Presentation on theme: "Shafiepour,m MD. Kerman university of medical sciences."— Presentation transcript:
Shafiepour,m MD. Kerman university of medical sciences
A patient with human immunodeficiency virus had a rash in association with trimethoprim sulfamethoxazole used as prophylaxis for Pneumocystis carinii pneumonia. An alternative medication was used, but the patient took 3 times the normal dose by mistake. He became dyspneic, and headache, nausea and vomiting, and the skin discoloration shown here developed (a normal hand is shown for contrast on the right).
1. What was the alternative medication? 1a. Pentamidine 1b. Pyrimethamine-sulfonamide 1c. Atovaquone 1d. Dapsone 1e. Clindamycin-primaquine
2. In addition to supplemental oxygen, which one of the following would be the most appropriate antidote? 2a. N-Acetylcysteine 2b. Amyl nitrite 2c. Methylene blue 2d. Deferoxamine 2e. 4-Methylpyrazole
Methemoglobinemia Due to Dapsone Overdose Methemoglobin is the ferric form of hemoglobin (HbFe3+) that cannot bind oxygen Although sometimes inherited, it is more often formed by oxidative stress Among drugs, nitrites are commonly associated with this condition Chocolate-brown or slate-blue cyanosis unrelieved with oxygen suggests the diagnosis
Arterial blood gas studies will show normal arterial oxygen pressure but low oxygen saturation. Pulse oximetry results will be inappropriately increased (the pulse oximeter result will be higher than the actual oxygen saturation, although the absolute value may still be below normal)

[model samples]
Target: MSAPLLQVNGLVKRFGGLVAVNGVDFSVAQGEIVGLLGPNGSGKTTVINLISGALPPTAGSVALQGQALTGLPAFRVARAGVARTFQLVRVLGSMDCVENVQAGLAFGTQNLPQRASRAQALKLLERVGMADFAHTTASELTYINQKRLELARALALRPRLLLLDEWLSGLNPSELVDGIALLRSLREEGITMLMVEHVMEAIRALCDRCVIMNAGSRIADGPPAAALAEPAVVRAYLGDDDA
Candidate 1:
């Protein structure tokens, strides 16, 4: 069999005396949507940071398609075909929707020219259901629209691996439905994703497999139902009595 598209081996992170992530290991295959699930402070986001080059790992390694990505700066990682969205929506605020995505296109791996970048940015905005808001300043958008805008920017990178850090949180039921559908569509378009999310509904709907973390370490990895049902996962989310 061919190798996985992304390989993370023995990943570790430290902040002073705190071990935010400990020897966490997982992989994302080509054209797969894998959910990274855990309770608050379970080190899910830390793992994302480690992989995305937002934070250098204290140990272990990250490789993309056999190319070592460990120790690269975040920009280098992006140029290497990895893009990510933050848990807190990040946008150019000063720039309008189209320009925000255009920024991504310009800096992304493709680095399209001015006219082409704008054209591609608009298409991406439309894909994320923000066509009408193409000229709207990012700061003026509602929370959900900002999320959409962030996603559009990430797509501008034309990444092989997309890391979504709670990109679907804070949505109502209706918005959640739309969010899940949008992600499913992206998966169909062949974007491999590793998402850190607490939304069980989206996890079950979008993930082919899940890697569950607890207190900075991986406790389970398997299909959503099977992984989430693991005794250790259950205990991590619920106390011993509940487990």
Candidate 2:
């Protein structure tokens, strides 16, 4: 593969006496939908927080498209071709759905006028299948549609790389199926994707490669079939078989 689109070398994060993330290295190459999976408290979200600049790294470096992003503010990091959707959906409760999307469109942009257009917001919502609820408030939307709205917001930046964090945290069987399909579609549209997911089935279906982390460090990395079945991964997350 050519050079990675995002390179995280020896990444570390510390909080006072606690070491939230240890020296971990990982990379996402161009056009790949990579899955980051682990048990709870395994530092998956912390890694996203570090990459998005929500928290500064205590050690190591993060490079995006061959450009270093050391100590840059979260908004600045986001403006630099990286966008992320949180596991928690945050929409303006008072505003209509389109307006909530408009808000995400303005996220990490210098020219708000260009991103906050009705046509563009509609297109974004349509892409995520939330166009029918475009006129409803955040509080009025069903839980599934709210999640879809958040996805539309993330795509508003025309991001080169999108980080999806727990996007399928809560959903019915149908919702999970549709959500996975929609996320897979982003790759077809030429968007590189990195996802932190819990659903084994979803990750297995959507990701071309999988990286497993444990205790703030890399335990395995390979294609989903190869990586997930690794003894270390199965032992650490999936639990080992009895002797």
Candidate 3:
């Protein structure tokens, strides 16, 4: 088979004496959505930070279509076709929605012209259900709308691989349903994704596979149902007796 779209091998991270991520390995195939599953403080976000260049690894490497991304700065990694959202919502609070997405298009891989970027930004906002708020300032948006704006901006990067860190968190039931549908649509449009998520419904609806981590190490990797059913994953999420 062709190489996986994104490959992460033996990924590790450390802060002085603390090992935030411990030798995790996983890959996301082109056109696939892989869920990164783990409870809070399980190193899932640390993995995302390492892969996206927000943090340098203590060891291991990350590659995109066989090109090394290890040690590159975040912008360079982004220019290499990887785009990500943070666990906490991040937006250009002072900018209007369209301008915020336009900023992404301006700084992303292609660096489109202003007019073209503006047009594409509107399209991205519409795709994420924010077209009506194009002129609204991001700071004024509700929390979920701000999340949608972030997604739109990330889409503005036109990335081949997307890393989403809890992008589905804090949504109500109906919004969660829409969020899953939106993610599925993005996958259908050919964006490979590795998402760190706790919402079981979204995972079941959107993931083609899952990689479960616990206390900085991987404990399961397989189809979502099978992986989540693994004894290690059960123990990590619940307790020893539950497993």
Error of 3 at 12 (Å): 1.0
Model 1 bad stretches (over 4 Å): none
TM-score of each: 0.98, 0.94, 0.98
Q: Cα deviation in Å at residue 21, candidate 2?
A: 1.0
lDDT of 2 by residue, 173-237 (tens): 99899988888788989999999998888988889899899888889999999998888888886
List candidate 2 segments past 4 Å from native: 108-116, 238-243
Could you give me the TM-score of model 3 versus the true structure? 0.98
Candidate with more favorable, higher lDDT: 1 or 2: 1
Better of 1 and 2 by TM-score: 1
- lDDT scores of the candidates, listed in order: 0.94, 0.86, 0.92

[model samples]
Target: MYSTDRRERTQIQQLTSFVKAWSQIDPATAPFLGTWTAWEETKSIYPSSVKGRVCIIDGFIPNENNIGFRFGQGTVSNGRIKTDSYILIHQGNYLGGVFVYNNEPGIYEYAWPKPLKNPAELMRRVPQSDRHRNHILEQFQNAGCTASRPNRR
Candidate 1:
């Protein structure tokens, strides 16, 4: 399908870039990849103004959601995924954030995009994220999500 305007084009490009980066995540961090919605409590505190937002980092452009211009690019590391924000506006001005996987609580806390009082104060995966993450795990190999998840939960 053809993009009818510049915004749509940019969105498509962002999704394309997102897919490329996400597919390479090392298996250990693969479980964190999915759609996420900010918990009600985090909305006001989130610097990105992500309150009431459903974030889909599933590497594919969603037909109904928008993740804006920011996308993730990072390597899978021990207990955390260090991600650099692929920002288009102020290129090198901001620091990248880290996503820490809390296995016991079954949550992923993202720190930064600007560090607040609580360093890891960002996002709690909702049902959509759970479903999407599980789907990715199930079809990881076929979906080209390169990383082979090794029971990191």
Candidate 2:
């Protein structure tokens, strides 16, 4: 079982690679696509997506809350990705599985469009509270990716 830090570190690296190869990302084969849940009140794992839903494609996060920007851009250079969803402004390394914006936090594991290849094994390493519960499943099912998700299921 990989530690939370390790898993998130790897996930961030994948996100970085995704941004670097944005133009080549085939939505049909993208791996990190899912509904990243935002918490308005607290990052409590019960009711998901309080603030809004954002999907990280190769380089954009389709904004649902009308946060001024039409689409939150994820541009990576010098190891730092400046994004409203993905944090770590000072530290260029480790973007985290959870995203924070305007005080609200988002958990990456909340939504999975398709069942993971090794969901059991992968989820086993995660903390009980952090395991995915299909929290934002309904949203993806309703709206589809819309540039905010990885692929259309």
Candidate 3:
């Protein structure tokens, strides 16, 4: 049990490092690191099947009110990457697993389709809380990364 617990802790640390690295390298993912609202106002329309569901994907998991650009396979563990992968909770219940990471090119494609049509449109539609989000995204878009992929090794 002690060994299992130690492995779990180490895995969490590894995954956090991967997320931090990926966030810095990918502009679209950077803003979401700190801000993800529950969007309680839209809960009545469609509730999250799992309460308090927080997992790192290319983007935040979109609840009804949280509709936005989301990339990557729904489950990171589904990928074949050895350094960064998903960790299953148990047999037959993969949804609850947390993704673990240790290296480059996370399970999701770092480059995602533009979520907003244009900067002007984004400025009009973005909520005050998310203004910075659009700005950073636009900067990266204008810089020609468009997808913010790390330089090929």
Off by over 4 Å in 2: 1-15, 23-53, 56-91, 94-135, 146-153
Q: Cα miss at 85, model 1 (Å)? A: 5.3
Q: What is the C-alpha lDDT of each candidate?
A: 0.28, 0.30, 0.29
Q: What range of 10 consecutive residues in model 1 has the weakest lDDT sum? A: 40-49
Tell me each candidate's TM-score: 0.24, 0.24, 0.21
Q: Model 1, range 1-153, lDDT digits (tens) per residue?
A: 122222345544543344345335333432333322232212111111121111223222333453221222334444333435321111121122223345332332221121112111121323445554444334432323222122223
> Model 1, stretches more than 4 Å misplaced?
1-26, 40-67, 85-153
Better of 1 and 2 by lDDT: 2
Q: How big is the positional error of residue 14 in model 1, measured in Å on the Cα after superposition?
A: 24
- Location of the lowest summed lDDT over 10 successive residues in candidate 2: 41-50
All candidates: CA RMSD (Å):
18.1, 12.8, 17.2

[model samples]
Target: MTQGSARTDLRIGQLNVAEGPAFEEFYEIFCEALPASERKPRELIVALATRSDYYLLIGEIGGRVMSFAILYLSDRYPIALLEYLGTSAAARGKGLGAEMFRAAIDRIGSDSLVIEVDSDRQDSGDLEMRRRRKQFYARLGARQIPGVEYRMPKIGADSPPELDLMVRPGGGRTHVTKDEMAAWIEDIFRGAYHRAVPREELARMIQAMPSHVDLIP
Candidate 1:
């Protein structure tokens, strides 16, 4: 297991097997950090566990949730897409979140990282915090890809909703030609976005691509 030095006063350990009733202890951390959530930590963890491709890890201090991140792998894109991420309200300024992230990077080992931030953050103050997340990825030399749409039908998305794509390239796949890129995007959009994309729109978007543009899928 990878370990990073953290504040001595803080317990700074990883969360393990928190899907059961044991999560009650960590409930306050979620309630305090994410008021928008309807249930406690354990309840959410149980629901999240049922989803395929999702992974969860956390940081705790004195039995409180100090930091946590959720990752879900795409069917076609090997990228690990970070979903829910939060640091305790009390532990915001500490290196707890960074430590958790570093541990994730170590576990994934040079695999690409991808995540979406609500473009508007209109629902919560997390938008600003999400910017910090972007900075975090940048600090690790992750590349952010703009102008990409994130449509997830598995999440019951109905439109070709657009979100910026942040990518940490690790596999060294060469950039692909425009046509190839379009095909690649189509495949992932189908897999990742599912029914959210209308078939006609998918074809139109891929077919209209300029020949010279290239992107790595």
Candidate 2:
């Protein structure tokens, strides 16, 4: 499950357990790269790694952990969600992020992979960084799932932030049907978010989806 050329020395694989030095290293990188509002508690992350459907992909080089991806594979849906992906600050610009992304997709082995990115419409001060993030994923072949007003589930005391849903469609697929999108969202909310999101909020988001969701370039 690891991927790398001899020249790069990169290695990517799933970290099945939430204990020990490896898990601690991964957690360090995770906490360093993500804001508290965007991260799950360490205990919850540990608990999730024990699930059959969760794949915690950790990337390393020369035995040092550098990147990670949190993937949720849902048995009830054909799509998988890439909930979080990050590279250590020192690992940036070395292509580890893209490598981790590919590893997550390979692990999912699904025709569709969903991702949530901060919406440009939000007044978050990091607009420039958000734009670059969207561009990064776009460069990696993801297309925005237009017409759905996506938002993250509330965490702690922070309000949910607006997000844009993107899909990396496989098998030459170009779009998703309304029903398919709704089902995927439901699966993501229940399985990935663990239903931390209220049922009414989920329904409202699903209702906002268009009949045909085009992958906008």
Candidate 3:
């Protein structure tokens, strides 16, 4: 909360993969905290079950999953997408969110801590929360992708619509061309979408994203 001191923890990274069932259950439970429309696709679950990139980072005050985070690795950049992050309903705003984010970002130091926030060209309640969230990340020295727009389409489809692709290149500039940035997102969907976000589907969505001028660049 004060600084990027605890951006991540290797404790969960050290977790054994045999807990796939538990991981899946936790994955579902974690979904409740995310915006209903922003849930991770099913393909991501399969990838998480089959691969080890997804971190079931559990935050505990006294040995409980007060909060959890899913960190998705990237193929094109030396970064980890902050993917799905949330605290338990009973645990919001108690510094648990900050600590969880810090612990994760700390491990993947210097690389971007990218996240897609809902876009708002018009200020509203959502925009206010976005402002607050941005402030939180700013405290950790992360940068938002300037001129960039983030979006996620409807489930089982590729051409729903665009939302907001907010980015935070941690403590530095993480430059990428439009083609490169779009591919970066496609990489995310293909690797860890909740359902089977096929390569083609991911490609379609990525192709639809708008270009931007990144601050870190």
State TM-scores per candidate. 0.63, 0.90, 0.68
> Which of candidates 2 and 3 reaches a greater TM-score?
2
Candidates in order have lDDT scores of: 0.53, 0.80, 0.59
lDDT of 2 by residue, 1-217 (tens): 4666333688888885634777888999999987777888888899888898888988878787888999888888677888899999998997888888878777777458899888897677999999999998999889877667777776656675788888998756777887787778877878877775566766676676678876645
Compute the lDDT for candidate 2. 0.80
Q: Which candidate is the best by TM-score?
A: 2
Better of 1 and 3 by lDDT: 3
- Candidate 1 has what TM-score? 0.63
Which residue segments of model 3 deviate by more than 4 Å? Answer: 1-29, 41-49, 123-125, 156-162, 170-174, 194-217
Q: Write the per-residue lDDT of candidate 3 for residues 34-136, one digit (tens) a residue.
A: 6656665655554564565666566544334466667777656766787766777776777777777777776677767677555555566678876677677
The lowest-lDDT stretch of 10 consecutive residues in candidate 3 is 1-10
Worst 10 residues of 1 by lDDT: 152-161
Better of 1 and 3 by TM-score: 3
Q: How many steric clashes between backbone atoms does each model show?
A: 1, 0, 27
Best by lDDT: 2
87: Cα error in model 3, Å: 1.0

Methylene blue is the antidote for patients with severe hypoxia, unless they have glucose-6 phosphate dehydrogenase deficiency, in which case it may worsen the clinical condition. If the patient has this deficiency, ascorbic acid can be used to reduce the methemoglobin
The characteristic muddy appearance of freshly drawn blood can be a critical clue. The best diagnostic test is methemoglobin assay, which is usually available on an emergency basis. Methemoglobinemia often causes symptoms of cerebral ischemia at levels >15%; levels >60% are usually lethal. Intravenous injection of 1 mg/kg of methylene blue is effective emergency therapy. Milder cases and follow-up of severe cases can be treated orally with methylene blue (60 mg three to four times each day) or ascorbic acid (300–600 mg/d).